Questions raised about BPD study contract

BAKERSFIELD, Calif. (KBAK/KBFX) The Bakersfield Police Department will get an expert review aimed at improving service, but one city councilman has questions about the contract for the study and what it will achieve.

On Wednesday night, the Bakersfield City Council approved a $96,000 contract with the International Association of Chiefs of Police. The vote was 6-1, with Councilman Russell Johnson against the idea.

"We're going to end up paying a consultant to tell us what we already know," Johnson complained at the meeting. He's not happy about that, and also asks why only one firm was asked to do the job.

"There are consulting firms who do similar work, but in our opinion they don't have the credentials, the depth of staff, the knowledge," City Manager Alan Tandy responded on Thursday. "They provide a service on a level that isn't matched by typical consulting firms."

While Russell may not agree with the contract, there's clear agreement that officials, police, and the public all want faster BPD response.

Tandy said that's the most common complaint. "People don't feel good about waiting when their homes are violated," he told Eyewitness News.

Bakersfield Police Chief Greg Williamson has reported the average priority response is about 12 minutes. "We've been struggling with providing adequate response times with the staff that we have," the chief recently told Eyewitness News.

That leads to another question from Johnson. He notes there are currently 34 vacant positions in the BPD, and wonders why the $96,000 isn't spent on hiring instead of a study.

"You can't really compare it to adding an officer, because that adds an officer for a year," Tandy said. "Not forever." The one-time expense of a study could have long term benefits, he says.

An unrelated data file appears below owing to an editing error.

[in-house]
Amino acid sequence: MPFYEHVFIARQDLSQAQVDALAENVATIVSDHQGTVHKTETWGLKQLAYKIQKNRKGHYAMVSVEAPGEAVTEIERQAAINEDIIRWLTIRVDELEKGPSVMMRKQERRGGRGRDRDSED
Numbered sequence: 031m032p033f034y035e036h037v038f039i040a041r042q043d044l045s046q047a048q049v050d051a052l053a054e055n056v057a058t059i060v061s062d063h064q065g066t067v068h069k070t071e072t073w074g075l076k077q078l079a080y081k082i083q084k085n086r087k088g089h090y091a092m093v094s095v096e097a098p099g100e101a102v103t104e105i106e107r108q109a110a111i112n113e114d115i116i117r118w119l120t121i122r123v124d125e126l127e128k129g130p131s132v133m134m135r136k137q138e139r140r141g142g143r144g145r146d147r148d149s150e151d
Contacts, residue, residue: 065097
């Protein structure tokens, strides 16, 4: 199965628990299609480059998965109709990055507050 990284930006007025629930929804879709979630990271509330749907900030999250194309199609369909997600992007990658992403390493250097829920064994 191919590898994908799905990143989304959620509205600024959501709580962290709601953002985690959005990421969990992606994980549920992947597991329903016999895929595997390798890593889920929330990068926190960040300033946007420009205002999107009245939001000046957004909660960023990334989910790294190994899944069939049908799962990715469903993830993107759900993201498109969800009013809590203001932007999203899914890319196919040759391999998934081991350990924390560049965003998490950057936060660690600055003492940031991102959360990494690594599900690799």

Tandy also said the city works to fill the vacant spots, they hire and train new officers as fast as they can. But it doesn't keep up with staff leaving or retiring from the department.

The city manager defended the study and contract at the meeting, and the other six council members had asked a number of questions. They all voted to approve the contact. Johnson remains skeptical.

He thinks the study will just tell the city to add more police officers, and they already know that. And, he notes they even have the funds for the 34 now-vacant positions.

But, Tandy says the review may produce other ideas.

"We think there's a good chance that it will have some creative suggestions that will help a challenging situation," he said. Tandy said that could include things like different technology, or different use of staff.

Chief Williamson had told Eyewitness News he likes the idea of getting some new insight or guidance from the experts. "We believe it's always encouraging to have a fresh set of eyes to come in and look at what we're doing," he said.

City officials say IACP study will take four to six months. And Tandy looks forward to seeing their recommendations.

"To the degree we can make inroads and do a little better -- then, that's what we're trying to do," Tandy said. "To see if there are ways to get better."